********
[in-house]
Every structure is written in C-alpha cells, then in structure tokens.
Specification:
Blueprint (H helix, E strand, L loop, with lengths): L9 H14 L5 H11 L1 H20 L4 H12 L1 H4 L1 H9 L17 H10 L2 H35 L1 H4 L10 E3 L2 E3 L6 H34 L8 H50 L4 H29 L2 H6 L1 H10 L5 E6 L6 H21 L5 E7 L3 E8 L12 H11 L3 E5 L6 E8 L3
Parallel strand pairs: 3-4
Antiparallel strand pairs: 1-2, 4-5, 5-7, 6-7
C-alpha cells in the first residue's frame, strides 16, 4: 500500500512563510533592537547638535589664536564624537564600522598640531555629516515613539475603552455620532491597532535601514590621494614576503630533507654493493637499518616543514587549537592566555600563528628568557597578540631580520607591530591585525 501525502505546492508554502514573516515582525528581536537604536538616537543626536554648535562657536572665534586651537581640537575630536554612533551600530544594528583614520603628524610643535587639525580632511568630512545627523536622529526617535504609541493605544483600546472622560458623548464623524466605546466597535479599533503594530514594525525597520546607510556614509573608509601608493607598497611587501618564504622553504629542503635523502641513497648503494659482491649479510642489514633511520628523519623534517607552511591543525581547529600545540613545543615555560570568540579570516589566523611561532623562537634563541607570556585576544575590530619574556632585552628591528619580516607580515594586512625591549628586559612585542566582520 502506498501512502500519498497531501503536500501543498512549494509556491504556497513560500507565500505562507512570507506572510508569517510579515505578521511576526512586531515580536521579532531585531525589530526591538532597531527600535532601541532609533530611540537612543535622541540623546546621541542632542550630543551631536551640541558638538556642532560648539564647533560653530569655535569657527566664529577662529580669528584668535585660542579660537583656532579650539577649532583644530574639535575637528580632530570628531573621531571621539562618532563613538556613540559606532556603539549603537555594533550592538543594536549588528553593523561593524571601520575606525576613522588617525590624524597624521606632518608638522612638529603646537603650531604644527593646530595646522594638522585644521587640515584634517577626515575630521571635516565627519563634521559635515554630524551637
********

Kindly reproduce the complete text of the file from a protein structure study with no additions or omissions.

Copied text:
[in-house]
Every structure is written in C-alpha cells, then in structure tokens.
Specification:
Blueprint (H helix, E strand, L loop, with lengths): L9 H14 L5 H11 L1 H20 L4 H12 L1 H4 L1 H9 L17 H10 L2 H35 L1 H4 L10 E3 L2 E3 L6 H34 L8 H50 L4 H29 L2 H6 L1 H10 L5 E6 L6 H21 L5 E7 L3 E8 L12 H11 L3 E5 L6 E8 L3
Parallel strand pairs: 3-4
Antiparallel strand pairs: 1-2, 4-5, 5-7, 6-7
C-alpha cells in the first residue's frame, strides 16, 4: 500500500512563510533592537547638535589664536564624537564600522598640531555629516515613539475603552455620532491597532535601514590621494614576503630533507654493493637499518616543514587549537592566555600563528628568557597578540631580520607591530591585525 501525502505546492508554502514573516515582525528581536537604536538616537543626536554648535562657536572665534586651537581640537575630536554612533551600530544594528583614520603628524610643535587639525580632511568630512545627523536622529526617535504609541493605544483600546472622560458623548464623524466605546466597535479599533503594530514594525525597520546607510556614509573608509601608493607598497611587501618564504622553504629542503635523502641513497648503494659482491649479510642489514633511520628523519623534517607552511591543525581547529600545540613545543615555560570568540579570516589566523611561532623562537634563541607570556585576544575590530619574556632585552628591528619580516607580515594586512625591549628586559612585542566582520 502506498501512502500519498497531501503536500501543498512549494509556491504556497513560500507565500505562507512570507506572510508569517510579515505578521511576526512586531515580536521579532531585531525589530526591538532597531527600535532601541532609533530611540537612543535622541540623546546621541542632542550630543551631536551640541558638538556642532560648539564647533560653530569655535569657527566664529577662529580669528584668535585660542579660537583656532579650539577649532583644530574639535575637528580632530570628531573621531571621539562618532563613538556613540559606532556603539549603537555594533550592538543594536549588528553593523561593524571601520575606525576613522588617525590624524597624521606632518608638522612638529603646537603650531604644527593646530595646522594638522585644521587640515584634517577626515575630521571635516565627519563634521559635515554630524551637